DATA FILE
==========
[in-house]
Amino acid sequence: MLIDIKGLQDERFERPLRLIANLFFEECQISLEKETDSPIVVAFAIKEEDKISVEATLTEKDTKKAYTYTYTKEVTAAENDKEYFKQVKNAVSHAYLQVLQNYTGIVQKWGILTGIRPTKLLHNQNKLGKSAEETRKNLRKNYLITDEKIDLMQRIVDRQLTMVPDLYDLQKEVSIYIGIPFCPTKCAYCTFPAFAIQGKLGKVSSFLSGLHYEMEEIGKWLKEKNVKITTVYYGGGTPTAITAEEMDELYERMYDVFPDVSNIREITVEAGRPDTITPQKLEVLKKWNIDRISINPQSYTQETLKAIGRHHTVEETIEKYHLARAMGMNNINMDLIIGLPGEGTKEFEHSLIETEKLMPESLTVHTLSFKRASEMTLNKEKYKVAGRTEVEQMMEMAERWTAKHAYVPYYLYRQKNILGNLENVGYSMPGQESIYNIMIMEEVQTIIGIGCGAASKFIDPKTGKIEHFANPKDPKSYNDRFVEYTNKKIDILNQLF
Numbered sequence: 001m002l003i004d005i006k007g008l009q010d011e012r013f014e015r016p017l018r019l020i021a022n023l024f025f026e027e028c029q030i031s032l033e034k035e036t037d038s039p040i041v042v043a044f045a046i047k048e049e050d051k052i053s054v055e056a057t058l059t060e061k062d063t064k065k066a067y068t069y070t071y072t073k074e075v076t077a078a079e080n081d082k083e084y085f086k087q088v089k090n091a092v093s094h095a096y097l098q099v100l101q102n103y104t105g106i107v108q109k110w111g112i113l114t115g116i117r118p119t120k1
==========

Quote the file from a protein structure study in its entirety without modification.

[in-house]
Amino acid sequence: MLIDIKGLQDERFERPLRLIANLFFEECQISLEKETDSPIVVAFAIKEEDKISVEATLTEKDTKKAYTYTYTKEVTAAENDKEYFKQVKNAVSHAYLQVLQNYTGIVQKWGILTGIRPTKLLHNQNKLGKSAEETRKNLRKNYLITDEKIDLMQRIVDRQLTMVPDLYDLQKEVSIYIGIPFCPTKCAYCTFPAFAIQGKLGKVSSFLSGLHYEMEEIGKWLKEKNVKITTVYYGGGTPTAITAEEMDELYERMYDVFPDVSNIREITVEAGRPDTITPQKLEVLKKWNIDRISINPQSYTQETLKAIGRHHTVEETIEKYHLARAMGMNNINMDLIIGLPGEGTKEFEHSLIETEKLMPESLTVHTLSFKRASEMTLNKEKYKVAGRTEVEQMMEMAERWTAKHAYVPYYLYRQKNILGNLENVGYSMPGQESIYNIMIMEEVQTIIGIGCGAASKFIDPKTGKIEHFANPKDPKSYNDRFVEYTNKKIDILNQLF
Numbered sequence: 001m002l003i004d005i006k007g008l009q010d011e012r013f014e015r016p017l018r019l020i021a022n023l024f025f026e027e028c029q030i031s032l033e034k035e036t037d038s039p040i041v042v043a044f045a046i047k048e049e050d051k052i053s054v055e056a057t058l059t060e061k062d063t064k065k066a067y068t069y070t071y072t073k074e075v076t077a078a079e080n081d082k083e084y085f086k087q088v089k090n091a092v093s094h095a096y097l098q099v100l101q102n103y104t105g106i107v108q109k110w111g112i113l114t115g116i117r118p119t120k1